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Twitter 101: A Quick Lesson For Twitter Newbies


I just joined Twitter a few weeks ago, and was initially very confused about what was going on.  Thanks to the help of some of my co-workers, though, I figured it out and subsequently realized how useful (and addictive) it can be.  In the spirit of paying it forward, I thought I’d share some really basic information with those of you who are as Twitter-illiterate as I was:


If you type this symbol before someone’s name in a tweet, the tweet addresses that person specifically.  Your side navigation has an @(yourname) link which will allow you to view only tweets directed at you.

Direct Messages

Referred to as “DM” by Twitterers, a direct message is a private message you can send or receive to a user.  This means you are the only two people that can view that message.


If someone tweets something that you really like or find useful, you can reintroduce it into the live Twitter feed by retweeting it.  This will give people another opportunity to check it out if they missed it before.  When people retweet your stuff it means it was a really good tweet!


Typing #(word) will ensure that your tweet will appear in search results for that word.  Searches are the way people find subject matter they are interested in tweeting about and following.  So if i wanted to index my tweet under the subject of tennis, I could use this feature by tweeting the following:  Check out this breaking #tennis news about the U.S. Open this year! Now, if someone searches the term tennis, my tweet will appear.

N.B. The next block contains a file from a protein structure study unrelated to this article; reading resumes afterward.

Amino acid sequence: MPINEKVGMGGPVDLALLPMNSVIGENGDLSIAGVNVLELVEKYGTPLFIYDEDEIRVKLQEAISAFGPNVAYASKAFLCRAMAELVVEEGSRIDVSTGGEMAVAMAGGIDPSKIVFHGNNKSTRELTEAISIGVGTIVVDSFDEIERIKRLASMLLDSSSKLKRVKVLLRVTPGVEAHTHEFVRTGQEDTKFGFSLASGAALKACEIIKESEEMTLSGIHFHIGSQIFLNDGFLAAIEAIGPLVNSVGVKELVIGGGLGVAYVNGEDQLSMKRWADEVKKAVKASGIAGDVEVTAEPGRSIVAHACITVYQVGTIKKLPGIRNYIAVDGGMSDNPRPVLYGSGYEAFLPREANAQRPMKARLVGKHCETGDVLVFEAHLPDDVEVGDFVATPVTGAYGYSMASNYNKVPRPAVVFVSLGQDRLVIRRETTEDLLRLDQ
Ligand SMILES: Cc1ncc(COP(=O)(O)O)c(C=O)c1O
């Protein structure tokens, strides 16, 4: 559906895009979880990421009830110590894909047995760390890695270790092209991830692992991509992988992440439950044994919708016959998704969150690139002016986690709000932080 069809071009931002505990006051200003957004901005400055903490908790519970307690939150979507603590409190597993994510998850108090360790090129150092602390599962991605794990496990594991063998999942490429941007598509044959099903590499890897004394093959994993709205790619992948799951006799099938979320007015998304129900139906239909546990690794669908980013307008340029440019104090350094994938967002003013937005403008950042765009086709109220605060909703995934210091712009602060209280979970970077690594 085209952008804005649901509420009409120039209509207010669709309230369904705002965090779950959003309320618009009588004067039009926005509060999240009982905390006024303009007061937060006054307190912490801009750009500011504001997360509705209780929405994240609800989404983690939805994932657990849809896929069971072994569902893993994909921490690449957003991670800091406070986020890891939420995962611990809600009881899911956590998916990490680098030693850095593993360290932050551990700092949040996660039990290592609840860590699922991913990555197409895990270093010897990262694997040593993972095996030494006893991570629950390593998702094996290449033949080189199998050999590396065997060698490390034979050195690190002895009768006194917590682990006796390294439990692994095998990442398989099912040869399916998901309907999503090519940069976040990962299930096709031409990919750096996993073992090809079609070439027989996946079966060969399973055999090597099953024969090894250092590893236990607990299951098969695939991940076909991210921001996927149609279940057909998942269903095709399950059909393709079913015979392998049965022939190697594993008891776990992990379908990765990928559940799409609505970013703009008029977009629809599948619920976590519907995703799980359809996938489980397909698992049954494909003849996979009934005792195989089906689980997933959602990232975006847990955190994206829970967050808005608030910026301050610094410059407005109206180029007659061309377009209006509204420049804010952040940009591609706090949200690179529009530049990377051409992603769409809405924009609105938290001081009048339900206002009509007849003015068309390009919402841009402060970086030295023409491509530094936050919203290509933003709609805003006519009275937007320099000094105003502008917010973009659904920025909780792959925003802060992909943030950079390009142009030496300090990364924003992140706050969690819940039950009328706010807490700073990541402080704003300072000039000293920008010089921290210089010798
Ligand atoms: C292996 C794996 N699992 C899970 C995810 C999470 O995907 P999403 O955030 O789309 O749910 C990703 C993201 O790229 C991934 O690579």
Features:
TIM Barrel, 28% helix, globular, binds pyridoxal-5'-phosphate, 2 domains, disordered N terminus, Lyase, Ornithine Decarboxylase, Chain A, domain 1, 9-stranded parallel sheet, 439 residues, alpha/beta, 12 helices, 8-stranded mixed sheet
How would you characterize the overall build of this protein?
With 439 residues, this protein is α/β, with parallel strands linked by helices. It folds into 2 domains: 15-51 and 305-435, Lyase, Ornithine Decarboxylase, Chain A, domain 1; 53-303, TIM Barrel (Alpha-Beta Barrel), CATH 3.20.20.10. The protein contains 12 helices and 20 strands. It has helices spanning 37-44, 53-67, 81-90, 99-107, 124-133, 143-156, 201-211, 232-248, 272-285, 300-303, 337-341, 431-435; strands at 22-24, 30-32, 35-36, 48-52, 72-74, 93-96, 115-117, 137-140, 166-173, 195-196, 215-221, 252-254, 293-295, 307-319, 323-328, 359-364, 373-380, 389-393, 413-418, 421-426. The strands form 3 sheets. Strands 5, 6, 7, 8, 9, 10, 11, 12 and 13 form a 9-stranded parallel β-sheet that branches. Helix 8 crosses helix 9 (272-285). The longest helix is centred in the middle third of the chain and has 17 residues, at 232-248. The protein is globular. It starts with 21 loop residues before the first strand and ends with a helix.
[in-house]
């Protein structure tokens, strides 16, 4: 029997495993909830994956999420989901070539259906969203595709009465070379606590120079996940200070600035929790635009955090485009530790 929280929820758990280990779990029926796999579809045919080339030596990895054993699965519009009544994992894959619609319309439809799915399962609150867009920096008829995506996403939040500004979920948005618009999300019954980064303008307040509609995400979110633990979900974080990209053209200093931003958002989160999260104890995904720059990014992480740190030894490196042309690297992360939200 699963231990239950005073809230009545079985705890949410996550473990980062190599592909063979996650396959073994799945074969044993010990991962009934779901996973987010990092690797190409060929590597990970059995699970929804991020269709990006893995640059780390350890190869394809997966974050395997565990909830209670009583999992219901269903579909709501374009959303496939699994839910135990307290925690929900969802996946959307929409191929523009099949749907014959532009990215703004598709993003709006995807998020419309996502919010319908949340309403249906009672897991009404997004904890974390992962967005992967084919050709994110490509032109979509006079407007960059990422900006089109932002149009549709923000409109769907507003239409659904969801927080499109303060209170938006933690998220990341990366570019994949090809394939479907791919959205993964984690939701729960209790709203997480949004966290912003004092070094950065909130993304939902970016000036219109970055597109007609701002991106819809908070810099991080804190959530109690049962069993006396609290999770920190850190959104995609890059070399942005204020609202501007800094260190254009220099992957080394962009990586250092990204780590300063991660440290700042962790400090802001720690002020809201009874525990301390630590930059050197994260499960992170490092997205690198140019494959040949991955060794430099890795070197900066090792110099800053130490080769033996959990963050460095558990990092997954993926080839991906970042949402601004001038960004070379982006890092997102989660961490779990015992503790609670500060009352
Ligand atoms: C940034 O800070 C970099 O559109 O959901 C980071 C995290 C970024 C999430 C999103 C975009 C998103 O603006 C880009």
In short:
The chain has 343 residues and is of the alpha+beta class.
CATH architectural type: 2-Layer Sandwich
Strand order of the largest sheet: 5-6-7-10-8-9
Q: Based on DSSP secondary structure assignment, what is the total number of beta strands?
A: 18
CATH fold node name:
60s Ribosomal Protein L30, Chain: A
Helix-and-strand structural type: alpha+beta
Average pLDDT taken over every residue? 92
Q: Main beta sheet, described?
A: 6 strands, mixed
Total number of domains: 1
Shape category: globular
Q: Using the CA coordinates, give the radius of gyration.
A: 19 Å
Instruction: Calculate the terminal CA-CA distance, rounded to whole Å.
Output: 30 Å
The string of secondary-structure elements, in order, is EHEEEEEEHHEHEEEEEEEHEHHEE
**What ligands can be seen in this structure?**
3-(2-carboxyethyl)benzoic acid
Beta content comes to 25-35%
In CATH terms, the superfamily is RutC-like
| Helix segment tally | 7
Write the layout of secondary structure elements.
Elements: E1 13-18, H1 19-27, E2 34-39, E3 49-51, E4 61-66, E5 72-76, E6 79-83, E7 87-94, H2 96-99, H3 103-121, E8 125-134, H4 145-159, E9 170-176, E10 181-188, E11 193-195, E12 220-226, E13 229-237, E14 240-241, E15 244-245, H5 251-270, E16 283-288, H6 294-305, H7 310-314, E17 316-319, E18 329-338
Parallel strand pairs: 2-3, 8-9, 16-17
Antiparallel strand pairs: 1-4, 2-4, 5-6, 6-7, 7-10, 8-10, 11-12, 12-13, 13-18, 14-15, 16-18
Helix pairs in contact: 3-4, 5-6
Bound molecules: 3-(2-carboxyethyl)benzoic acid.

Click the “follow” button on a user’s profile if you like the information they’re posting, and their tweets will automatically appear on your live homepage feed.  People that you decide to follow compose your “following” (a number tally of which is listed on your homepage in the right side navigation.) Users who follow you then, are your “followers.”  You will automatically only see tweets by your following on your homepage. Managing your following and followers is is a way of filtering content.  People with more followers are considered to  have more credibility, and also have more social media power because of their large audience of listeners.


To post a link on Twitter, simply copy paste the link.  If it’s too long, use a tool like to shrink it to fit.

So there are you are- the basics of Twitter.  There’s a lot more to learn, but that’ll get you started.

Don’t be scared– it’s a great way to get customer feedback, share knowledge about niche industries, and connect with professionals in your field.  Not to mention it has a lot of potential as a marketing tool, if used correctly.

Good luck, and don’t forget to follow me @Marisol1986. I’ll be there for ya if you need me to answer any more of your Twitter questions.

Author Alex Stetson

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